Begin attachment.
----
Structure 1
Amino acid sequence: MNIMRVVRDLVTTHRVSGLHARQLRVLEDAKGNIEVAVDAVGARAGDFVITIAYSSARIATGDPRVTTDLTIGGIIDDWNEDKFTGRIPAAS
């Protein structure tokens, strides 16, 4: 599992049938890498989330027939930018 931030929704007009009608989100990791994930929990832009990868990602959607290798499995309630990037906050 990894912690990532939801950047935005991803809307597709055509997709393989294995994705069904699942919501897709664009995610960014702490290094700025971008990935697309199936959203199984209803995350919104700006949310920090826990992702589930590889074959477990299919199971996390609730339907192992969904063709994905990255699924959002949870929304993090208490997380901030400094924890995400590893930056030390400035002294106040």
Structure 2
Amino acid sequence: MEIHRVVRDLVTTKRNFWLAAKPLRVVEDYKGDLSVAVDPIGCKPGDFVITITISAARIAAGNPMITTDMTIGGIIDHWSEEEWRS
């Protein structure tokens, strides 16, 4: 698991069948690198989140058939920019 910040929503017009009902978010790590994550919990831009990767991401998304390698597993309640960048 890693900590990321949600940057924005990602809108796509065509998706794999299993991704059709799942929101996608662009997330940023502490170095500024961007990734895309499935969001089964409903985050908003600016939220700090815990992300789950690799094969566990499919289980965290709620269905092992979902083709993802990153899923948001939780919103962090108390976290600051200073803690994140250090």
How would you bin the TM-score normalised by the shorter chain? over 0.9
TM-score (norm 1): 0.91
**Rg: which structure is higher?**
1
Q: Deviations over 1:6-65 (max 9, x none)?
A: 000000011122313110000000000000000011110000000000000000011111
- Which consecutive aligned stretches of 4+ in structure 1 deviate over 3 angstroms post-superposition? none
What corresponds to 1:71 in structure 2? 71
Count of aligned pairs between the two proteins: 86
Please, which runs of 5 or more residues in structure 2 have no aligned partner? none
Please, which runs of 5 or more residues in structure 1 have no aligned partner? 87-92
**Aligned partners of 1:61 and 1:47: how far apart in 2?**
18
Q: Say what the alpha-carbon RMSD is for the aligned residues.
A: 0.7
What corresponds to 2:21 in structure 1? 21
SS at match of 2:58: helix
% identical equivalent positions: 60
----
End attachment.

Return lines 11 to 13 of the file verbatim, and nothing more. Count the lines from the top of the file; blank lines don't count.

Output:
Q: Deviations over 1:6-65 (max 9, x none)?
A: 000000011122313110000000000000000011110000000000000000011111
- Which consecutive aligned stretches of 4+ in structure 1 deviate over 3 angstroms post-superposition? none